Heather was raised in the small community of Merville on Vancouver Island, and moved to Vancouver six years ago to study Communications and Dialogue at SFU. Since graduating, Heather’s diverse volunteer pursuits have included everything from protecting wild salmon and promoting local food security, to advocating against undue surveillance of public space. Over the last few years, she has enjoyed the privilege of working with BC First Nations in the public and non-profit sectors. In 2011, Heather spent 8 months in Sierra Leone with Street Kids International, where she evaluated microfinance programs and supported social enterprise development. Today, she combines these disparate interests as Special Projects Coordinator for Vancouver Native Housing Society, where she runs the Skwachays Healing Lodge and Residence, a unique project providing subsidized housing for Aboriginal artists through social enterprise. Heather also serves as the Chair of the Vancouver Public Space Network, where she advocates for healthy, fun public spaces. If she’s not in the office, she’s either on her bike or the dance floor.


Jen Kuhl

JenGrowing up, Jen spent more time on theatre and dance than on politics or activism, but the roots of her passion for health justice trace back to her childhood. Jen’s father worked as a doctor in Vancouver’s queer village at the height of the HIV/AIDS pandemic, and his stories of the systemic discrimination HIV-positive individuals faced left a strong impression on Jen.

After graduating from High School, Jen spent several months in Zambia volunteering at a community school. While there, she saw first-hand how well-intentioned and well-resourced programs can fail when designed by outsiders who don’t properly understand community needs.

Jen then went to UBC where she studied International Relations and got involved with the climate movement, notably choreographing a massive climate flashmob at PowerShift in 2009. She appreciated the youth-led, community-driven culture of the climate movement, a stark contrast to the more hierarchically-organized model she’d encountered in the international aid work, but continued to feel drawn to international health work.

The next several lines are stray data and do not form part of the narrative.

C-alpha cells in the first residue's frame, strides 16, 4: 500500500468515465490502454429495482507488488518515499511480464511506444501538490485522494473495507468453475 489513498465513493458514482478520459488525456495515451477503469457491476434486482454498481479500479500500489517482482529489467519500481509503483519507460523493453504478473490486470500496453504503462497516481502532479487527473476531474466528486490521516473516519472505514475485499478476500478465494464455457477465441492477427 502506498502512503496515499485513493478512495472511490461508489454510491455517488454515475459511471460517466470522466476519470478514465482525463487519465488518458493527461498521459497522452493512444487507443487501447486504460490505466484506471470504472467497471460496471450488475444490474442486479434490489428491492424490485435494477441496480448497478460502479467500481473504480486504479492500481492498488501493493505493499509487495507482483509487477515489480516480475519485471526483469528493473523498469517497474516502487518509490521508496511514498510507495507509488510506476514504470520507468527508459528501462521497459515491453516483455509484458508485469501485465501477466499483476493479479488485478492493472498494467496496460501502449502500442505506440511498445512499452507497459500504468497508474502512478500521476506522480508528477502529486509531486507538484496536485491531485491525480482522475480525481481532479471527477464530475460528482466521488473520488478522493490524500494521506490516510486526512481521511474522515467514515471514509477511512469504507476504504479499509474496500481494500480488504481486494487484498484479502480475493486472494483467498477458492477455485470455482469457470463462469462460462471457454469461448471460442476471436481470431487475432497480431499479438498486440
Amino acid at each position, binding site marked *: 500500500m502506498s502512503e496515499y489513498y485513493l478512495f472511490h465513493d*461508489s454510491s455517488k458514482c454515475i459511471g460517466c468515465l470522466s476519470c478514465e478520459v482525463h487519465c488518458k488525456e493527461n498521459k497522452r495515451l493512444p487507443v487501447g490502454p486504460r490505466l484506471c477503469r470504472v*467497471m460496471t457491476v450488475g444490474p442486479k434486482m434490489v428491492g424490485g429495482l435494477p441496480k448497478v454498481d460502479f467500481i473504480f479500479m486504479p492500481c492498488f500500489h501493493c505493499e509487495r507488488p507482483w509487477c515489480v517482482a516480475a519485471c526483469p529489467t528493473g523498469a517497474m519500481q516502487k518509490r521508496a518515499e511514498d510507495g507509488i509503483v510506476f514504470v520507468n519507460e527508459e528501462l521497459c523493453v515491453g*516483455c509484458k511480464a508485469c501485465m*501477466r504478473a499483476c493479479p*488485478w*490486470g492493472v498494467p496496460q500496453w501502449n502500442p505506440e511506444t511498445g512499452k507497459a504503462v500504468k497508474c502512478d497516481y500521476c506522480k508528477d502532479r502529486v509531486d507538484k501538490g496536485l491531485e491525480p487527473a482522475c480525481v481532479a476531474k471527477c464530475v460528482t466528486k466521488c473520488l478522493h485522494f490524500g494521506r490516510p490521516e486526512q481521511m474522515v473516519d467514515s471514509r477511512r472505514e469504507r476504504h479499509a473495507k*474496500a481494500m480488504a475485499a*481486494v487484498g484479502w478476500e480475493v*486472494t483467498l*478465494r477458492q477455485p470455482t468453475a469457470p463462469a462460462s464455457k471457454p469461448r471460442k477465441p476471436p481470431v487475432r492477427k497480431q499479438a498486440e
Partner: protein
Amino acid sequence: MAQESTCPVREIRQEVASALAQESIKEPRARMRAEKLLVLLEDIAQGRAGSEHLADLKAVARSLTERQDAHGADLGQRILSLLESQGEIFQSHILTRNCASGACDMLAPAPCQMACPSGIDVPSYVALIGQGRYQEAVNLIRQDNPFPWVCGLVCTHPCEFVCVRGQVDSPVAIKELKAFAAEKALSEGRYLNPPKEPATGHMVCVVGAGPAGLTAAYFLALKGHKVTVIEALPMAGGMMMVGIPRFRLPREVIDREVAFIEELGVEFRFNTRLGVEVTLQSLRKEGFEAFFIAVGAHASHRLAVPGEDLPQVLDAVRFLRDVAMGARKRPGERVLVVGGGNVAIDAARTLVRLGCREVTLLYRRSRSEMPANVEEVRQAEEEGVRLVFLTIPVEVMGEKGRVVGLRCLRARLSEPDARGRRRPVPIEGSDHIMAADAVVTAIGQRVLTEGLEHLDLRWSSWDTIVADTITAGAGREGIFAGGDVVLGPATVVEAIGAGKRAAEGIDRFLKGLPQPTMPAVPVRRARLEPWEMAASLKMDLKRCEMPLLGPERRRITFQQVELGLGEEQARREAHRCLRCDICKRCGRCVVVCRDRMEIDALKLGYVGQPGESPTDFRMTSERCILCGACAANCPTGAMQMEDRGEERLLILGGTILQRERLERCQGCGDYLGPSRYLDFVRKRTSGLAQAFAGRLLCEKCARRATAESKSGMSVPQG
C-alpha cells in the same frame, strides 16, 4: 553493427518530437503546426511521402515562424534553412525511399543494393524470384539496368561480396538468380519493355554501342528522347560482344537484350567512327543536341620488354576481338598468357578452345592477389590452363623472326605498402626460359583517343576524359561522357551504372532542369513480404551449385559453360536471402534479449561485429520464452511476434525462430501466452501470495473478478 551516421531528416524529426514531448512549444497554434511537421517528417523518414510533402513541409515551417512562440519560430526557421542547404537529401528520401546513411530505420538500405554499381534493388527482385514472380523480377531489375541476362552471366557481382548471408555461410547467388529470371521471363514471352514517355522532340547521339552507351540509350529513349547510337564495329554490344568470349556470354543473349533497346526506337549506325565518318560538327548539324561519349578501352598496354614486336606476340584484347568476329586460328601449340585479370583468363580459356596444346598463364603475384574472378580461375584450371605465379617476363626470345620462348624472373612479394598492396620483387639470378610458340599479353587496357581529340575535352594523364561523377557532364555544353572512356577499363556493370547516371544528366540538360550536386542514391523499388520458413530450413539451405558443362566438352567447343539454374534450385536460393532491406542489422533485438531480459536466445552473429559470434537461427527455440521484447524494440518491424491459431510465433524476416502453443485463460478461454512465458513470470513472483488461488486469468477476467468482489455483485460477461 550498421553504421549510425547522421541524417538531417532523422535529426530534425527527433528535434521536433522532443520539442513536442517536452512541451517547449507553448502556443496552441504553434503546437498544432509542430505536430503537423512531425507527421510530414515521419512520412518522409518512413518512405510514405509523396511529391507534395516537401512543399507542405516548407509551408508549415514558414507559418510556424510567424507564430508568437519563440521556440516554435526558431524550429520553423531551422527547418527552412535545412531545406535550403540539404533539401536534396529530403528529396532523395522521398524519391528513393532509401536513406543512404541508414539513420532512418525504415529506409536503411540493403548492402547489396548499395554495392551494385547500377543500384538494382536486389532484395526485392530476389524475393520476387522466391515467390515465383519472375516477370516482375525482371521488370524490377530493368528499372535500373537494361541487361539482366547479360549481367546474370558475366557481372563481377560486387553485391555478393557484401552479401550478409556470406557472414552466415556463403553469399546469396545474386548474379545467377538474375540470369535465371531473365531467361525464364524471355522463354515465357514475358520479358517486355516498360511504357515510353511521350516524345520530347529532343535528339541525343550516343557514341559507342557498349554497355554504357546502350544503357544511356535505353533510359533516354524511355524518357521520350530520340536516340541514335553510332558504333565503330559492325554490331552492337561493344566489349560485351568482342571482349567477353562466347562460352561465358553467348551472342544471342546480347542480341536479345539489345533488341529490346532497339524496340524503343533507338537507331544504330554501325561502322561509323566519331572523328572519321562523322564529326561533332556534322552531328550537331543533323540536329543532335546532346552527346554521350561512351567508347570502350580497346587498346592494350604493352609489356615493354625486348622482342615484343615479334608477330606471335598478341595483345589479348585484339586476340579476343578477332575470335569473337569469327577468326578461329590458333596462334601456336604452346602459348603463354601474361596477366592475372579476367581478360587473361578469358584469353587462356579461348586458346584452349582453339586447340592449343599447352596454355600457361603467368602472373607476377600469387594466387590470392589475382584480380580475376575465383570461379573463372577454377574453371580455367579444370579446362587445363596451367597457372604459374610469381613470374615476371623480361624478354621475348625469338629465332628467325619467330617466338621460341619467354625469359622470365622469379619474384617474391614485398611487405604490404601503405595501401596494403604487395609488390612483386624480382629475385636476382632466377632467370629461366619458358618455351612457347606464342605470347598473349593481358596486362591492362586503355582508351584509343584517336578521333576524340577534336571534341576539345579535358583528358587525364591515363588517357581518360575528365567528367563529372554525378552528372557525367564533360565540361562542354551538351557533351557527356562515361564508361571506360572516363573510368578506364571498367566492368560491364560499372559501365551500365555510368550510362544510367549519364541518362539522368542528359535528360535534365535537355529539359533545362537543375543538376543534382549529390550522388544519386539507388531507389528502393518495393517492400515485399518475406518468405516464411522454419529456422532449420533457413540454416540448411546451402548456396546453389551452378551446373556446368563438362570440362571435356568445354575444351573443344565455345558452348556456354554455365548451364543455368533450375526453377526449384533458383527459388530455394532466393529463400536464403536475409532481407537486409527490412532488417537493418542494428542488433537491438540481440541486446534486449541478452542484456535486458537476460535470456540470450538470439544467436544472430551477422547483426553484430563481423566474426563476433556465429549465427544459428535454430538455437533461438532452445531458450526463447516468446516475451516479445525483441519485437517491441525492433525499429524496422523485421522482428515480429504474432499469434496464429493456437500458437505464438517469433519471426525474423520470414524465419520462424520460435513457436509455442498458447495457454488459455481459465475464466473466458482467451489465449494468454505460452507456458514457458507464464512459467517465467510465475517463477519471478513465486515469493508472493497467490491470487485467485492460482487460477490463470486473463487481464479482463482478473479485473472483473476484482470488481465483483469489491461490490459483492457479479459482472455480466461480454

Jen currently works as Network Relations Coordinator for Leadnow, as a research assistant for a study on health and legal needs in Vancouver’s Downtown Eastside, and as a preschool music teacher. In the future, she hopes to continue combine community-driven culture she experienced in climate campaigns with her passion for international health in a way that means health solutions for communities come from those communities. Jen continues to feel drawn towards international health work, but hopes to integrate aspects of community empowerment by learning how to engage communities in making change for themselves.


Jen MacPherson

Originally from rural Nova Scotia, Jen has worked within the intersections of nutrition, health and development across Atlantic Canada, Botswana and the Caribbean before calling Vancouver home.  A recent graduate from Simon Fraser University’s Masters of Public Health with a Global Health focus, Jen is passionate about identifying and challenging power structures that produce poverty, inequality and disease. She is currently a Registered Dietitian and Treatment, Health and Wellness Coordinator at Positive Living BC, an organization that seeks to empower people living with HIV through mutual support and collective action.  A strong believer in health care as a human right, Jen is excited to learn alongside individuals similarly passionate about changing the way the world works in NextUp. When not raising HIV awareness or teaching a course on Complementary and Alternative Medicine at SFU, you can find Jen snowboarding, playing volleyball, listening to live music or confusing people with her east coast expressions.